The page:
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Ellis convicted of assault

February 18, 2009


ESPN reports that Carl Ellis (former Vikings star) has been convicted of a second-degree refusal to submit to a field sobriety test and fourth-degree assault on a police officer who tried to arrest him following a traffic violation. Sentencing will take place on Feb 23, but could be as much as a year on each count.

In a pending federal lawsuit, Ellis is counter-claiming against the officers, alleging that they violated his civil rights, used excessive force and concealed videotape evidence of his arrest.

Eller was arrested on April 9 2008, after police said they saw his Mercedes sport utility vehicle swerve and speed through a stop sign and narrowly miss a squad car. They gave chase and eventually attempted to arrest Eller in his garage, where they said he punched one officer and threw another onto the hood of his SUV. Efforts to subdue Eller with a Taser didn’t work, according to a criminal complaint.

Eller may appeal, but his attorney, Albert Goins, wouldn’t predict the next step until he sees the judge’s written ruling.

Source: http://sports.espn.go.com/nfl/news/story?id=3861082&campaign=rss&source=ESPNHeadlines

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Concussion Trauma

February 18, 2009


Researchers from the Sports Legacy Institute for Chronic Traumatic Encephalopathy, working in partnership with Boston University have confirmed that Tom McHale (an ex-NFL veteran) who died in 2008, aged 45, was suffering from a degenerative brain condition similar to Alzheimer’s disease which has been linked to repeated head trauma.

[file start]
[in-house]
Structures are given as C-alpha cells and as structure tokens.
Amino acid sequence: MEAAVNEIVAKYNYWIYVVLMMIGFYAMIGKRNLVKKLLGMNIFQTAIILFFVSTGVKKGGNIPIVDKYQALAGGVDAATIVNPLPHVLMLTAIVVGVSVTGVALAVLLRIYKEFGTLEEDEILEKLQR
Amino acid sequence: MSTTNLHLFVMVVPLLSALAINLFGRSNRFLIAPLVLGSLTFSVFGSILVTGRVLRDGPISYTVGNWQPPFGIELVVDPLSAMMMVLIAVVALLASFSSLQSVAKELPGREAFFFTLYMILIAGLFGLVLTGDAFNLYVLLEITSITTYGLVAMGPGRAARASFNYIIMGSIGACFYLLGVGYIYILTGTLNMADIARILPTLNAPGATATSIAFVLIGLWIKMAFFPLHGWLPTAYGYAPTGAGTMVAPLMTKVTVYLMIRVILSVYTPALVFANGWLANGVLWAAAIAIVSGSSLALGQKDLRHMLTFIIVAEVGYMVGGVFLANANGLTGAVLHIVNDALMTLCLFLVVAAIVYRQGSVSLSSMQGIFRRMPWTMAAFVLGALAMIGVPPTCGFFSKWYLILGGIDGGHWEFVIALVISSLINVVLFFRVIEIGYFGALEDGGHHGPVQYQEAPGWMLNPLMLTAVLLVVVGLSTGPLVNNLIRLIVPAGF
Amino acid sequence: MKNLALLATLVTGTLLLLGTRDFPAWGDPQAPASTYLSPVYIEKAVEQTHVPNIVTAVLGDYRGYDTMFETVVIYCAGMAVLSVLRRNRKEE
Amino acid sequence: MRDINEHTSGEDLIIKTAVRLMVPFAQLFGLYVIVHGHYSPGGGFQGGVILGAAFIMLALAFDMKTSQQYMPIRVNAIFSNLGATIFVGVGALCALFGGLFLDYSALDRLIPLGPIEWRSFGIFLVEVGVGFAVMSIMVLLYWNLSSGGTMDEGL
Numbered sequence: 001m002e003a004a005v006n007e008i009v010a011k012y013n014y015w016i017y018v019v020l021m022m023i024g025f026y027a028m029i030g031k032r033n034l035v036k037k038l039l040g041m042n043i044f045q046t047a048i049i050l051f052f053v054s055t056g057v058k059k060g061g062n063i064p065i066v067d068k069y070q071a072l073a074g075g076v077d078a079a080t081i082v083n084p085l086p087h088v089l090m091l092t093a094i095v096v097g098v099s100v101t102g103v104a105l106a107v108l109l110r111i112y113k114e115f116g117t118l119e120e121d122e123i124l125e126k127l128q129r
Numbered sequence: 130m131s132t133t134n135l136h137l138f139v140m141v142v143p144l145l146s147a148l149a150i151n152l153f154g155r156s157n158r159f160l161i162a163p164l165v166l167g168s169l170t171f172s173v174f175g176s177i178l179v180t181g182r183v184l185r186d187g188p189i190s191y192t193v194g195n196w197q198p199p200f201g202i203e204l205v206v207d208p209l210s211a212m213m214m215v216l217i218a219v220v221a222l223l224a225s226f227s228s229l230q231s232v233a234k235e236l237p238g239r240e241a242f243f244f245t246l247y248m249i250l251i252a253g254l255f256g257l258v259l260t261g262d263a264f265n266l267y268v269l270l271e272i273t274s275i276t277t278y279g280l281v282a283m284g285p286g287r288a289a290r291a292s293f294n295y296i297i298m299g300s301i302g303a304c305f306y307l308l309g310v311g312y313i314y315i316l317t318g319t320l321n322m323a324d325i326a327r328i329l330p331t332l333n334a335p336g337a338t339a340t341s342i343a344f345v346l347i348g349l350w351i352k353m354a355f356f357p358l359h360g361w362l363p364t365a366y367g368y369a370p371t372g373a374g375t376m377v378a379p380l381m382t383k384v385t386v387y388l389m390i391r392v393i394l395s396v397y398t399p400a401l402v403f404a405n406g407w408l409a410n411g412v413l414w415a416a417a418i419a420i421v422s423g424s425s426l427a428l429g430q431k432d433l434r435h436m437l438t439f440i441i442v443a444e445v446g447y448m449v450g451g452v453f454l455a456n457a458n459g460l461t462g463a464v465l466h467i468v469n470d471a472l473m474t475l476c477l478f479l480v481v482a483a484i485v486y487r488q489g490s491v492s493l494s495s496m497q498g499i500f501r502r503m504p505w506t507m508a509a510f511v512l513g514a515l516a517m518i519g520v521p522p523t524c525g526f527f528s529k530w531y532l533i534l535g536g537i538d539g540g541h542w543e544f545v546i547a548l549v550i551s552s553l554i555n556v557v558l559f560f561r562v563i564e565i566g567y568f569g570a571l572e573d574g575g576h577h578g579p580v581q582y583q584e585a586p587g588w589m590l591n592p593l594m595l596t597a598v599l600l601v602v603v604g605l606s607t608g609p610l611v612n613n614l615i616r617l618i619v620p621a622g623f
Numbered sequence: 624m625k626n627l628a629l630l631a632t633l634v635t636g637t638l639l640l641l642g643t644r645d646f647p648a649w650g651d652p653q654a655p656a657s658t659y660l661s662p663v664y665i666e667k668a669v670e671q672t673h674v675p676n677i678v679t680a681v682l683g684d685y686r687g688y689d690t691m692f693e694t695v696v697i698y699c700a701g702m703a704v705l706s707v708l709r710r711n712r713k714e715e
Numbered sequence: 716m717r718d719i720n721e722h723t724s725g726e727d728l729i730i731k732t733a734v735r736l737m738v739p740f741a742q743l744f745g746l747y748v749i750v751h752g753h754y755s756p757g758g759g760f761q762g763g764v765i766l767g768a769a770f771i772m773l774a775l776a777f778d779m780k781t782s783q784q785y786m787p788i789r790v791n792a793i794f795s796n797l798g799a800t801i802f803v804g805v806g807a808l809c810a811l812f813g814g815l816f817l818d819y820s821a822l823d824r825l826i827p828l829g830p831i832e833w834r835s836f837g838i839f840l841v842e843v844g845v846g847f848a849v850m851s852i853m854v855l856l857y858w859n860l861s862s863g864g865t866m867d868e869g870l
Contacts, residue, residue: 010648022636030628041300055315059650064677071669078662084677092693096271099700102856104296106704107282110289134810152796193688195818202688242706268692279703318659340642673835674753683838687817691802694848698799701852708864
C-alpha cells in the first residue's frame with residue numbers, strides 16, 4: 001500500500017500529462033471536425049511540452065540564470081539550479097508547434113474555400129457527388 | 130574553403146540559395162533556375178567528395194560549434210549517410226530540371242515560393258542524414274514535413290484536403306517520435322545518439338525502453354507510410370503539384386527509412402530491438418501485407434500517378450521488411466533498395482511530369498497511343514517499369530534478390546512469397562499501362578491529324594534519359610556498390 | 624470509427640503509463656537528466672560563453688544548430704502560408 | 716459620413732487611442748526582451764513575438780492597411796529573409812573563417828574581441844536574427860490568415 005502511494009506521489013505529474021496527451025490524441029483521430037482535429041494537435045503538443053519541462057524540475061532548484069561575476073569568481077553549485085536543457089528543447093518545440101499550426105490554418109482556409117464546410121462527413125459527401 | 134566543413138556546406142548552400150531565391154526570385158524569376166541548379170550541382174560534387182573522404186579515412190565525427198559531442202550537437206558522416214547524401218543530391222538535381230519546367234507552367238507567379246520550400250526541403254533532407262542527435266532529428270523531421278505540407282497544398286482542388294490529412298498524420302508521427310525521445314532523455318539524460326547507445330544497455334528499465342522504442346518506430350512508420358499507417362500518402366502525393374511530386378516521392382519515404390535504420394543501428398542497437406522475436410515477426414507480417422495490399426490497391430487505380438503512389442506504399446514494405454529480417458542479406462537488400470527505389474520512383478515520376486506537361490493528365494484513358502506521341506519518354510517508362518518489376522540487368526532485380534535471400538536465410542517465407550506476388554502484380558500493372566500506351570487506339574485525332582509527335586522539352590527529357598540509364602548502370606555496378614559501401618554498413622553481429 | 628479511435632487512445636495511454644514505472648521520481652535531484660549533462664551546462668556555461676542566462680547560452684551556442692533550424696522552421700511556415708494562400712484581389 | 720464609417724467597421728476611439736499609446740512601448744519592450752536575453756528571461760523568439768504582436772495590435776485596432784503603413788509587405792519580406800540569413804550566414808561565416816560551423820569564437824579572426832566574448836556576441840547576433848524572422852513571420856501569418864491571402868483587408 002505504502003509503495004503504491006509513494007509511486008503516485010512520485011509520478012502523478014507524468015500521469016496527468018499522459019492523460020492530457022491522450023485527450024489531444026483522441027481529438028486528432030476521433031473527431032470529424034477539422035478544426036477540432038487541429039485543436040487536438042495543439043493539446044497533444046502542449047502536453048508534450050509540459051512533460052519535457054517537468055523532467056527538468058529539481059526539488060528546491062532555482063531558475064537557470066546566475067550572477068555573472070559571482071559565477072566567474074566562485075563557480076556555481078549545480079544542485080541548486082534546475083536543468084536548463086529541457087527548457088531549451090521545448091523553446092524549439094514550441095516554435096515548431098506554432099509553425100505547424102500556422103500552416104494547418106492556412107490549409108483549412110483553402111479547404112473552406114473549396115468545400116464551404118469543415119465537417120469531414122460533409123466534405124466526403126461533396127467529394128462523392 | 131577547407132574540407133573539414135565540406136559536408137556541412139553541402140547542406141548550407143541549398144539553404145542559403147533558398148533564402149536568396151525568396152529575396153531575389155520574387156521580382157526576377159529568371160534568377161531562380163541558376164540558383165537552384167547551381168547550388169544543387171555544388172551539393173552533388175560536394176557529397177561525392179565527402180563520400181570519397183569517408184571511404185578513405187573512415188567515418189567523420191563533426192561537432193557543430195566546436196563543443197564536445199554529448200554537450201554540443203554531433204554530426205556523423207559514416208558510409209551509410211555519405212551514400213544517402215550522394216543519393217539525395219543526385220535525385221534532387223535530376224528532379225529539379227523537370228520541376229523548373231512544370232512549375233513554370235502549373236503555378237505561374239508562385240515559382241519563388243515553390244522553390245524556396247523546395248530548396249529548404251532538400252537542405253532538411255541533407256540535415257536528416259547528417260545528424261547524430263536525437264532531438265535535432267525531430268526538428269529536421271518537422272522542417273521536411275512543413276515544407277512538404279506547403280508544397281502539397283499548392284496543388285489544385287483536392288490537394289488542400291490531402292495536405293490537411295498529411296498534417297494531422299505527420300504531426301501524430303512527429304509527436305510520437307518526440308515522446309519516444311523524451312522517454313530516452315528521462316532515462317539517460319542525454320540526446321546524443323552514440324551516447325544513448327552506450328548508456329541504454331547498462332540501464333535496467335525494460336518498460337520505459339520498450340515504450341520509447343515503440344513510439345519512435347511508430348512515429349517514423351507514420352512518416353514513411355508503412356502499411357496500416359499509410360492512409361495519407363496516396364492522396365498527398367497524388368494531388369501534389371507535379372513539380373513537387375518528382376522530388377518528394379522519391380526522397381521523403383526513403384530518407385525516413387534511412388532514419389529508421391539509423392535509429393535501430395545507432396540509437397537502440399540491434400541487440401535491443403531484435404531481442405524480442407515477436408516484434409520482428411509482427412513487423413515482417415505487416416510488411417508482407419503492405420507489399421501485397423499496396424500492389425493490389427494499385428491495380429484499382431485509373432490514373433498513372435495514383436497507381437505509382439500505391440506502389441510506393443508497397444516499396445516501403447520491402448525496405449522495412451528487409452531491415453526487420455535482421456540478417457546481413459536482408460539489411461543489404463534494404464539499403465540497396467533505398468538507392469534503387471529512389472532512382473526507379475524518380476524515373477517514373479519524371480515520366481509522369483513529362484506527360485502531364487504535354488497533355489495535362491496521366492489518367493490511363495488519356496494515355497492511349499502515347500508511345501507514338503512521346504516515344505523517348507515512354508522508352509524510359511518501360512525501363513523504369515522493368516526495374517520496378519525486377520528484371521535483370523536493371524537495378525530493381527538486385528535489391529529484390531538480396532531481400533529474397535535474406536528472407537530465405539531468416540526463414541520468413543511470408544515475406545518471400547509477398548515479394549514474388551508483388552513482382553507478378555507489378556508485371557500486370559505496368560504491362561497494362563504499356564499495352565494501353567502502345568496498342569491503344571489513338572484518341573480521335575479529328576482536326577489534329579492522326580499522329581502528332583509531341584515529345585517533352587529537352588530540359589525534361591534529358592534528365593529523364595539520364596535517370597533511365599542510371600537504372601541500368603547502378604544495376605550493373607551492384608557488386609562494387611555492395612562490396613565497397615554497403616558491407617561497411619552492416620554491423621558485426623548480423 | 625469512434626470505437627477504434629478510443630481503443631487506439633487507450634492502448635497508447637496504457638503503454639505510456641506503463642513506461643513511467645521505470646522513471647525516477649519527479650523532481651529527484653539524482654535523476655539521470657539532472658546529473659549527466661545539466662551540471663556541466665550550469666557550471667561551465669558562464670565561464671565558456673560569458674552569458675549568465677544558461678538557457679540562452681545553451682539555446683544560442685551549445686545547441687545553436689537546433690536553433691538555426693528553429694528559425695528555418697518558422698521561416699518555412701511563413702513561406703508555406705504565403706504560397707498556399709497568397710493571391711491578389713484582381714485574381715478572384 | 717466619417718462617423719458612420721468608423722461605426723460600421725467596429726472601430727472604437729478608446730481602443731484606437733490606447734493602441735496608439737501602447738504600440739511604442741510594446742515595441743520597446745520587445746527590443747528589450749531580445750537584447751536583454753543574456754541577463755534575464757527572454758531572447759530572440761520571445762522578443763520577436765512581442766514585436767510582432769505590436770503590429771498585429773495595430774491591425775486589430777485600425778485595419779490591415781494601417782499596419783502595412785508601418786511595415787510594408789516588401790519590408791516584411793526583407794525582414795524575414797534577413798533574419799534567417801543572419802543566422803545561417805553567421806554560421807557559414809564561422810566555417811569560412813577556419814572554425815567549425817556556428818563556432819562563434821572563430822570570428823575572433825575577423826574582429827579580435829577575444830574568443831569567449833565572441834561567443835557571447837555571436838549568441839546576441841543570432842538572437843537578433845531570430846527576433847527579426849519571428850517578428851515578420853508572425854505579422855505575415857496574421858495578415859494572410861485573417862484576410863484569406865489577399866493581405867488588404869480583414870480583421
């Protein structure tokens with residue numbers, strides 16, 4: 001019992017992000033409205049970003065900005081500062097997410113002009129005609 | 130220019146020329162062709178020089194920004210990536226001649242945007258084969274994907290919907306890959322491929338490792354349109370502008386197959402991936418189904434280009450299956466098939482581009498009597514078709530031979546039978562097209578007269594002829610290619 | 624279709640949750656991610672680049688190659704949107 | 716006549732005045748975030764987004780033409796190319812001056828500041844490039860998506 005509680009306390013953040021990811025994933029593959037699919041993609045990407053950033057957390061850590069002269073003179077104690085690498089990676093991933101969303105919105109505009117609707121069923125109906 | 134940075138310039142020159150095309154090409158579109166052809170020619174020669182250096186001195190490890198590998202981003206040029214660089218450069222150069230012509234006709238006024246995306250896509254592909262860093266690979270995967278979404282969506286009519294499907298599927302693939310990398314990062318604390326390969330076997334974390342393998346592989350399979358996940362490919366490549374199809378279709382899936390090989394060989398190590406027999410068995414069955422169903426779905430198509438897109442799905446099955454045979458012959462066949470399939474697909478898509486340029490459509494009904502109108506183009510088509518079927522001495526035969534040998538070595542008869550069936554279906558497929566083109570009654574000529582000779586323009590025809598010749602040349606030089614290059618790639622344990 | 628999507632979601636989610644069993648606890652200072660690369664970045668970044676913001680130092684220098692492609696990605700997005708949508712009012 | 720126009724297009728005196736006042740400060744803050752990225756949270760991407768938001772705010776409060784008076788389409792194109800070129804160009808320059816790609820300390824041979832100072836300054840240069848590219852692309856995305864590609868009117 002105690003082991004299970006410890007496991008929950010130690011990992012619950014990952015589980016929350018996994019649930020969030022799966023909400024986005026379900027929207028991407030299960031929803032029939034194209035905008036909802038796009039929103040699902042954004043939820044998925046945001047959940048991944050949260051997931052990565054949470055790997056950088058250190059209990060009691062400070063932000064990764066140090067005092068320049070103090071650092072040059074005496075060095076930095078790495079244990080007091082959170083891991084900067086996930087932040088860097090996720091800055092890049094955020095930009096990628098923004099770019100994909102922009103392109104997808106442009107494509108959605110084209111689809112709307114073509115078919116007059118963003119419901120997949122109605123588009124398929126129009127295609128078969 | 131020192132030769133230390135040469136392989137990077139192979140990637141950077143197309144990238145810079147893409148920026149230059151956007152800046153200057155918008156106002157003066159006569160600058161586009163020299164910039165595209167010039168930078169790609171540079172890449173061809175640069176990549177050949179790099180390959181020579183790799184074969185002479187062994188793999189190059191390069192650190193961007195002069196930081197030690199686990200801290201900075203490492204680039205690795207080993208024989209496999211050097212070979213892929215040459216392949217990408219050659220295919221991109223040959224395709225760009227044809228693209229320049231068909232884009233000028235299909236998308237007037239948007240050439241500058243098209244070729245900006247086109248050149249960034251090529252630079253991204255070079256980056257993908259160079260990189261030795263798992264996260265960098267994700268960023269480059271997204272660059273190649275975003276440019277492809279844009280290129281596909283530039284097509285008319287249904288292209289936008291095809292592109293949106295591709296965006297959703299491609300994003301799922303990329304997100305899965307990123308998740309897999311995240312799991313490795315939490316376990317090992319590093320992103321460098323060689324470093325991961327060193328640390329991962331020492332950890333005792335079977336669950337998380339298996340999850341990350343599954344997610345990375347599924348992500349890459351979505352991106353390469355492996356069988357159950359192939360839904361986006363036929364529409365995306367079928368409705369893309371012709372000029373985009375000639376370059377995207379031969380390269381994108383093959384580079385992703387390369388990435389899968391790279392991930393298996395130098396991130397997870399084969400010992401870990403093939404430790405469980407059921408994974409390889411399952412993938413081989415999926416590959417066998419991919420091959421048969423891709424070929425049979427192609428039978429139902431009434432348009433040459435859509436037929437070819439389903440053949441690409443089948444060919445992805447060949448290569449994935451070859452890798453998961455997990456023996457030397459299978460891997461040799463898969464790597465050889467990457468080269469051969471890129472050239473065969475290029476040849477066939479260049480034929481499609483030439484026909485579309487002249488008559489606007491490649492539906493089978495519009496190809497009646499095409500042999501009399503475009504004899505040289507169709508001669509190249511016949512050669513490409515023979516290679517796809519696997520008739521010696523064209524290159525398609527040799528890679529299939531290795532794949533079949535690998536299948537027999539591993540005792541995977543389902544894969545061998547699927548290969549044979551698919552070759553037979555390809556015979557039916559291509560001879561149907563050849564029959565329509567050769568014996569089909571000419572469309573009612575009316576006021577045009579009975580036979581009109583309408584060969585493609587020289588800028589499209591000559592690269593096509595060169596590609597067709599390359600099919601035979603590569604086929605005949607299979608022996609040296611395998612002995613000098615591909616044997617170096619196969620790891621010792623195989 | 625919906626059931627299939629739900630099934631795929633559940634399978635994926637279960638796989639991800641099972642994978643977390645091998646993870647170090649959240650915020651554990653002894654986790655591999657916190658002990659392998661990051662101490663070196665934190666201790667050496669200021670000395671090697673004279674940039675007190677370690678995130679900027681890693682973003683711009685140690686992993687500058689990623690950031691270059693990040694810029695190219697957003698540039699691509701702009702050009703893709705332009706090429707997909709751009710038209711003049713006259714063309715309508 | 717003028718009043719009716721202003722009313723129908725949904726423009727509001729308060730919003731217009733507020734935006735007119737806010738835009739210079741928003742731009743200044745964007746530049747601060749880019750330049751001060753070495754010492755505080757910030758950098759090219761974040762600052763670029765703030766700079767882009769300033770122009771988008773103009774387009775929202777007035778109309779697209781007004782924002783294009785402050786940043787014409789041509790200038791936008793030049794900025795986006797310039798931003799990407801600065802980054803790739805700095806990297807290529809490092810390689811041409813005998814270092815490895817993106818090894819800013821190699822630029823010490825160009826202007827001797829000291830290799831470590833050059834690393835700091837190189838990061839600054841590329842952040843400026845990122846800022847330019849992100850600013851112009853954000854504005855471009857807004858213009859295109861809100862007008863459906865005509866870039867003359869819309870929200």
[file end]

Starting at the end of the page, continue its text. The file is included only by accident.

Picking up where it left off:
Although Police said that the actual cause of death was OxyContin and Cocaine (which he took after developing chronic pain in his shoulders and other joints), an autopsy showed up the damage to his brain. The condition, which is caused by repeated trauma and can be diagnosed only in dead patients or by an invasive biopsy, is characterized by tangles of nerve fibers in the brain’s cortex. The symptoms can include memory loss, depression and dementia similar to Alzheimer’s disease and are typically found in elderly people in their 80s and in boxers suffering from dementia.

The NFL is currently funding an independent medical study of retired NFL players in an effort to understand this issue.


Source: http://sports.espn.go.com/nfl/news/story?id=3864644&campaign=rss&source=ESPNHeadlines ; http://sports.espn.go.com/nfl/news/story?id=2905142


See also: http://www.nytimes.com/2008/09/24/sports/football/24concussions.html?_r=4&hp&oref=login&oref=slogin ; http://www.sportslegacy.org/CSTE.asp